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A Harbour Air float plane comes in for landing into Vancouver’s harbour on May 16, 2011. (JOHN LEHMANN/THE GLOBE AND MAIL)
A Harbour Air float plane comes in for landing into Vancouver’s harbour on May 16, 2011. (JOHN LEHMANN/THE GLOBE AND MAIL)

Harbour Air agrees to move to contentious location Add to ...

A dispute over float-plane operations in downtown Vancouver has been resolved, with Vancouver-based Harbour Air agreeing to move to the Vancouver Harbour Flight Centre from a temporary location in Coal Harbour.

The deal means float-plane operations will be based in one facility, not the two that have operated side-by-side for more than a year.

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Under the agreement, announced Monday, Harbour Air is to move from its current Coal Harbour base to the VHFC terminal at the north end of the city’s expanded convention centre by the end of 2012.

But Harbour Air – which had balked at moving into the new facility, citing cost and safety concerns – will not use VHFC’s docks. Instead, an extension will be built to accommodate its fleet.

“The issue over there [at VHFC] has been exposure to wind and waves. Our concern operationally was that we didn’t have enough available space there, protected space, to accommodate our fleet,” Harbour Air Greg McDougall said on Monday. “And this will give us that [space].”

Harbour Air will pay to build the extension, which will cost an estimated $2-million, Mr. McDougall said.

The VHFC, built by the Clark and Ledcor groups, was built for about $20-million and opened in May 2011. But float-plane companies balked at moving in, citing rent that would add $12 to each flight in and out of the harbour.

Even after B.C. Pavilion Corp. – which runs the convention centre and leases a water lot and terminal space to VHFC – stepped in to provide a rent break to VHFC, allowing it to cut its rental rates, only a handful of smaller operators moved.

Float plane operators also raised questions about the design and safety of VHFC docks.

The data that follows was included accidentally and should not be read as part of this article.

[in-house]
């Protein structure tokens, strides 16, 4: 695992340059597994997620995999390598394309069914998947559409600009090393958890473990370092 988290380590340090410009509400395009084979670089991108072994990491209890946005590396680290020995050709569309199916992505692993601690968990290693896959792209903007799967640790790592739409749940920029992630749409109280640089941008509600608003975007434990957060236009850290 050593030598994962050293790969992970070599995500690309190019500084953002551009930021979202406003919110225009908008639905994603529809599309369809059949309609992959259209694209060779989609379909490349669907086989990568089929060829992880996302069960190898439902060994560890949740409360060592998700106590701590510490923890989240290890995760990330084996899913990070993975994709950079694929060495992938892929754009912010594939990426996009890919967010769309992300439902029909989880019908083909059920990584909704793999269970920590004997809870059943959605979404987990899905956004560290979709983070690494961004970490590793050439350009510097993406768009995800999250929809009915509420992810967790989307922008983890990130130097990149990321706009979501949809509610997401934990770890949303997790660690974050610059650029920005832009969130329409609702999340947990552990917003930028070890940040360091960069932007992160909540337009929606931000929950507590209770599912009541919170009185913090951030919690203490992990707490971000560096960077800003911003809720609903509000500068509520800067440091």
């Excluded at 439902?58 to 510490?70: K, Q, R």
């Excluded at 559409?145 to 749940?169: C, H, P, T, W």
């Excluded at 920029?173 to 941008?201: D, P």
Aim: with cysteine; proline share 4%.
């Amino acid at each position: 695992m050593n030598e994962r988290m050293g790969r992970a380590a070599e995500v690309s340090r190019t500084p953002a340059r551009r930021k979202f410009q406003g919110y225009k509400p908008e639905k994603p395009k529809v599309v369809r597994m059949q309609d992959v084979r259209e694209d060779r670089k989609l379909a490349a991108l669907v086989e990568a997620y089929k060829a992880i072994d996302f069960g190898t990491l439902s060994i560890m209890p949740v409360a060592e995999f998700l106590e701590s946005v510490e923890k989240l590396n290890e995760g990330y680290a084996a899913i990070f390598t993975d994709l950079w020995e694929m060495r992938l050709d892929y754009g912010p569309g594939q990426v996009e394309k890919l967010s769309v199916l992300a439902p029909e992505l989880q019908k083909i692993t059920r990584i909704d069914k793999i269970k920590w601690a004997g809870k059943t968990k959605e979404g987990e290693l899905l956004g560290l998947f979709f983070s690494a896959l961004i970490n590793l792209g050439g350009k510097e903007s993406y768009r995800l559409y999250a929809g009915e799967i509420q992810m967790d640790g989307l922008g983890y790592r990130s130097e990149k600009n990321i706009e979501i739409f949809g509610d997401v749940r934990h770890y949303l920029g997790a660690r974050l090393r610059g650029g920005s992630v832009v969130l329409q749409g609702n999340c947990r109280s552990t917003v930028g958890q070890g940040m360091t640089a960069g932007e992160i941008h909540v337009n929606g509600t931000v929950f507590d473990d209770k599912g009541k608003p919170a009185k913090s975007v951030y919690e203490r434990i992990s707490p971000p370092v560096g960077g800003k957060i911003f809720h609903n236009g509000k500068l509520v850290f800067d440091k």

The agreement will result in Harbour Air passengers paying an additional $9.50 per flight in and out of the harbour, Mr. McDougall said. Harbour Air will collect that fee from passengers and pass it on to VHFC as payment for using its new facility, he said.

The stand-off also involved the city, which granted the permit that allowed Harbour Air to operate from its Coal Harbour base since 2004 and was eager to see a waterfront seawall completed.

With Harbour Air agreeing to decommission its Coal Harbour terminal, PavCo expects to begin construction on the seawall connection in November.

“A resolution in the matter is good for the people of Coal Harbour and for all the parties involved,” Deputy Premier Rich Coleman said Monday in a statement. “We are happy to see that mediation has been able to bring conclusion to this issue and appreciate all the parties working on the solution.”

The dispute has cost taxpayers money and could have been avoided, said NDP MLA and tourism critic Spencer Chandra Herbert.

“We’ve got a high user fee and we have a taxpayer subsidy,” he said, referring to the rent break provided by PavCo to VHFC.

“And those brand new docks look like one of the most expensive breakwaters you could imagine.”

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